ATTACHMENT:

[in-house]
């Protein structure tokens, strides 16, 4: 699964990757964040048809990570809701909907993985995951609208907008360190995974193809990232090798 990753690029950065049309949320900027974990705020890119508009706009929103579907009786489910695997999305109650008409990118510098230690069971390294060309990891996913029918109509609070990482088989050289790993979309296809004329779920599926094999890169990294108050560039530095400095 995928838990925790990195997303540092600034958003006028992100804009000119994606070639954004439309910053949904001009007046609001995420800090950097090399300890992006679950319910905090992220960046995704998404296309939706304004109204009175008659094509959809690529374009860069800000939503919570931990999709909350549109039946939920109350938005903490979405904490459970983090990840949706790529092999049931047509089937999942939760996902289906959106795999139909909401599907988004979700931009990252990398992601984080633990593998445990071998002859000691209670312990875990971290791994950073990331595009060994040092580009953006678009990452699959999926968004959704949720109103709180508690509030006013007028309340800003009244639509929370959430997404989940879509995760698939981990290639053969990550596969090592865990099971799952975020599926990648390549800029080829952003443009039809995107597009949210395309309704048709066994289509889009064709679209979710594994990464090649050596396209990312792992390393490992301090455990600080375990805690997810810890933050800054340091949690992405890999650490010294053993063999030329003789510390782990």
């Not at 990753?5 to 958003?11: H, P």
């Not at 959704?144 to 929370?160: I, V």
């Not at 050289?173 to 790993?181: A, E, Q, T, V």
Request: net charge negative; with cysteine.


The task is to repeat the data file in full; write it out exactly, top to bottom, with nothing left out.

[in-house]
């Protein structure tokens, strides 16, 4: 699964990757964040048809990570809701909907993985995951609208907008360190995974193809990232090798 990753690029950065049309949320900027974990705020890119508009706009929103579907009786489910695997999305109650008409990118510098230690069971390294060309990891996913029918109509609070990482088989050289790993979309296809004329779920599926094999890169990294108050560039530095400095 995928838990925790990195997303540092600034958003006028992100804009000119994606070639954004439309910053949904001009007046609001995420800090950097090399300890992006679950319910905090992220960046995704998404296309939706304004109204009175008659094509959809690529374009860069800000939503919570931990999709909350549109039946939920109350938005903490979405904490459970983090990840949706790529092999049931047509089937999942939760996902289906959106795999139909909401599907988004979700931009990252990398992601984080633990593998445990071998002859000691209670312990875990971290791994950073990331595009060994040092580009953006678009990452699959999926968004959704949720109103709180508690509030006013007028309340800003009244639509929370959430997404989940879509995760698939981990290639053969990550596969090592865990099971799952975020599926990648390549800029080829952003443009039809995107597009949210395309309704048709066994289509889009064709679209979710594994990464090649050596396209990312792992390393490992301090455990600080375990805690997810810890933050800054340091949690992405890999650490010294053993063999030329003789510390782990």
């Not at 990753?5 to 958003?11: H, P």
């Not at 959704?144 to 929370?160: I, V």
């Not at 050289?173 to 790993?181: A, E, Q, T, V």
Request: net charge negative; with cysteine.